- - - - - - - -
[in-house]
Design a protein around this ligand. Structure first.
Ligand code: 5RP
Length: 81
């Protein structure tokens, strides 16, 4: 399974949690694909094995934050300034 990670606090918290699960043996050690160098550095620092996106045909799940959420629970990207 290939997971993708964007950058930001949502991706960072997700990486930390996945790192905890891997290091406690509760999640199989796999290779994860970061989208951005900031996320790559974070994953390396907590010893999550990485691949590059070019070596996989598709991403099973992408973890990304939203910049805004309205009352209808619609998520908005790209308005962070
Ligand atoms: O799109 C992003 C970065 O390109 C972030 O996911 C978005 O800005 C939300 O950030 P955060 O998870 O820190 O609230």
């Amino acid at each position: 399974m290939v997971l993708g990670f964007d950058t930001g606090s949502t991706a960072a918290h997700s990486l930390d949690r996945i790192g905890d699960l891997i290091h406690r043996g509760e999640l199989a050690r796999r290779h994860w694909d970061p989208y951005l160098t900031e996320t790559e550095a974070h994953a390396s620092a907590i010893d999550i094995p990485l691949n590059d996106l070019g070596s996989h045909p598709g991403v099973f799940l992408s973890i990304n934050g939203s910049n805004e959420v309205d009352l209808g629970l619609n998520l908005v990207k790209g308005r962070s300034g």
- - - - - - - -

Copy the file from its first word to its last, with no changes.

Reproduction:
[in-house]
Design a protein around this ligand. Structure first.
Ligand code: 5RP
Length: 81
């Protein structure tokens, strides 16, 4: 399974949690694909094995934050300034 990670606090918290699960043996050690160098550095620092996106045909799940959420629970990207 290939997971993708964007950058930001949502991706960072997700990486930390996945790192905890891997290091406690509760999640199989796999290779994860970061989208951005900031996320790559974070994953390396907590010893999550990485691949590059070019070596996989598709991403099973992408973890990304939203910049805004309205009352209808619609998520908005790209308005962070
Ligand atoms: O799109 C992003 C970065 O390109 C972030 O996911 C978005 O800005 C939300 O950030 P955060 O998870 O820190 O609230």
């Amino acid at each position: 399974m290939v997971l993708g990670f964007d950058t930001g606090s949502t991706a960072a918290h997700s990486l930390d949690r996945i790192g905890d699960l891997i290091h406690r043996g509760e999640l199989a050690r796999r290779h994860w694909d970061p989208y951005l160098t900031e996320t790559e550095a974070h994953a390396s620092a907590i010893d999550i094995p990485l691949n590059d996106l070019g070596s996989h045909p598709g991403v099973f799940l992408s973890i990304n934050g939203s910049n805004e959420v309205d009352l209808g629970l619609n998520l908005v990207k790209g308005r962070s300034g």